Earlybird Sat 07-Oct-06 22:46:42

I had never heard of carpet in a bathroom until I moved here. I now live in a flat with carpet in the bathrooms, but it's fine because:
1. I've got one child
2. That child is a girl
3. The carpet was new when I moved in, so it's only ever been used by me and my friends/family
4. I have carpets professionally cleaned twice a year.

Under any other conditions, I would find it awful.

kama Sat 07-Oct-06 22:47:00

Linnet, yes wooden floors & rugs. Tiles in the bathrooms (often with underfloor heating though). Norwegian houses are built differently, and noise just isn't an issue - atleast it wasn't when I lived in the ground floor of a flat.

Which brings me to another thing - so many british people I have met keep their shoes on indoors. I hate that.

geekgrrl Sat 07-Oct-06 22:47:44

lamb with vinegary mint sauce

gag, gag, gag - it just does not go.

and separate taps for hot & cold water - why??????

carpet in toilet areas - another gagging one.

Linnet Sat 07-Oct-06 22:51:13

I have vinyl in my bathroom, although when we first moved into this flat there was a carpet. My mum always had carpet in her bathroom as does my granny. I agree that it's warm but when it gets wet and smelly, yuk!

I'm guilty of keeping my shoes on in the house as is dh. Funny thing is that both dd's take their shoes off as soon as they come in and even at other peoples houses they take them off as soon as they go in without ever having been told to do it. When I get my new living room carpet I'm starting the rule of no shoes in the house.

franca70 Sat 07-Oct-06 22:51:24

ah bug screens! though I think that in england there are less bugs than italy. no mosquitos in the sw, at least ime.
and why do kids go to school so early? I mean so young.

expatinscotland Sat 07-Oct-06 22:52:05

'Glamour' 'models'.

They're strippers, man, two-bit hoochies.

That ain't something to be proud of.

And yet that's a way to launch a broadcast career?

Um, yeah.

The accent thing. Who really gives a fat rat's arse where you're from? BFD.

Getting drunk and punching someone. What a way to ruin a good drunk!

franca70 Sat 07-Oct-06 22:52:38

lamb with vinegary mint sauce, I like that!
crisps, i don't get

expatinscotland Sat 07-Oct-06 22:52:39

GhoulsToo Sat 07-Oct-06 22:54:26

weirdy people

brimfull Sat 07-Oct-06 22:55:40

Page three
topless women in newspapers

expatinscotland Sat 07-Oct-06 22:56:06

Crisps are nasty.

I remember when I first moved to France, and it was 1986, and when you went to a sort of supermarket, there was like one tiny part with a few snack foods.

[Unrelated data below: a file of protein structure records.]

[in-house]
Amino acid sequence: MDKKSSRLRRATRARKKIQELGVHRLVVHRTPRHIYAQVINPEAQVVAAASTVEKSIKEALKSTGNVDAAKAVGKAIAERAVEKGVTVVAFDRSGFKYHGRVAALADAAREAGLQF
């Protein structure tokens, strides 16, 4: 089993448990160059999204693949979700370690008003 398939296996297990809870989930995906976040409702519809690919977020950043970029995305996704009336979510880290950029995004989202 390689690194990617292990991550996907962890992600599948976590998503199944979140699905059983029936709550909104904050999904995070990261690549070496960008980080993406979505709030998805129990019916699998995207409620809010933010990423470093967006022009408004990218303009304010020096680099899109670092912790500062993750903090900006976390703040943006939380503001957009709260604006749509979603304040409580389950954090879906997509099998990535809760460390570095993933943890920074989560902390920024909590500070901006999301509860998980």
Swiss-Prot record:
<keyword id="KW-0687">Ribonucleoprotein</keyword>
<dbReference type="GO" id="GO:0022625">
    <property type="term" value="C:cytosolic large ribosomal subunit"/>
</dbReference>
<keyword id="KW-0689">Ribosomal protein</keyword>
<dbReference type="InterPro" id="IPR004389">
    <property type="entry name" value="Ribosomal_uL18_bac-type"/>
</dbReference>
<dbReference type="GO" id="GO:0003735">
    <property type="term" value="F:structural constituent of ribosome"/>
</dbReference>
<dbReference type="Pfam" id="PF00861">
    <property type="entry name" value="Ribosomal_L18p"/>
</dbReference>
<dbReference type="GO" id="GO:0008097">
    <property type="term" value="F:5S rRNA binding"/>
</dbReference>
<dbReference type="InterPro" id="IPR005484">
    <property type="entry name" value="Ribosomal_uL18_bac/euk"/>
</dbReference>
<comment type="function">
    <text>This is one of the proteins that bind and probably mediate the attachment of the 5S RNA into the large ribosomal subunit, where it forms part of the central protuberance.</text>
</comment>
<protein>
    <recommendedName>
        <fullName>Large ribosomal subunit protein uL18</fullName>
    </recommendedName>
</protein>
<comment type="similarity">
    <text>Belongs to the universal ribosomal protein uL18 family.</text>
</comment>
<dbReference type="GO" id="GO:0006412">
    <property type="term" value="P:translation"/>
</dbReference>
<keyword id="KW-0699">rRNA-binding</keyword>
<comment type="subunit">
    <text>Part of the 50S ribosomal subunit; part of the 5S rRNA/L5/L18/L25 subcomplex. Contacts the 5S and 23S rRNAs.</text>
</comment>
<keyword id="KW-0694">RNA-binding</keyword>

And I met a Brit who was aghast.

'Wot? No crisps?'

It was like heaven to me!

Medea Sat 07-Oct-06 22:59:44

I don't get:

--gardening obsession
--non-preventative health care (eg no mammograms until you actually have breast cancer)
--indirect criticism
--use of the word "sorry" to mean "move!"
--and most of the things expat mentions (taps, brown sauce etc)

expatinscotland Sat 07-Oct-06 23:01:57

Yes, too right, Medea, about the preventative health thing.

What's with that?

At any rate, it's SOOOO cost-prohibitive .

I do like the watershed, though.

I remember the first time I saw TV here after 9PM.

My mama and I were staying a B&B in Bath, and as I went for a shower down the hall, she said, 'I'm going to watch British TV.'

I came back and she was staring at it w/her mouth agape.

She said, 'They're saying the F-word on TV! On regular TV!'

I thought, 'Cool!'

cece Sat 07-Oct-06 23:02:12

I'm English and prefer separate taps - don't get on with those mixer things at all...

expatinscotland Sat 07-Oct-06 23:04:07

Line-dried everything, including towels and sheets and jeans.

Mmmm, crunchy towels and stiff jeans!

Just what I wanted in the middle of winter.

Bathrooms w/NO shower.


expatinscotland Sat 07-Oct-06 23:04:46

'The toilet'.

No, sorry, but you will never catch me saying 'I need the toilet'.


Excuse me, but where is the ladies' room?

kiskidee Sat 07-Oct-06 23:14:41

why decamp to the Med in august? its effing hot there in august! why not stay home in august when you have a modicum of heat? go in november when its effing miserable here.

bran Sat 07-Oct-06 23:21:44

Madchad, do people really ask what you earn? That doesn't sound very English to me.

I don't get Marmite (I think you have to have tasted it before a certain age to like it), or yorkshire puddings. On the whole I've adapted pretty well to English ways and I think I will find it difficult to settle back into Irish ways when I move home. For instance I really like that strangers never start up conversations on public transport, they do in Ireland and the subject is usually varicose veins or arthritis. I also really love people phoning before they come around, so I can either tidy or pretend I was just going out the door when the phone rang.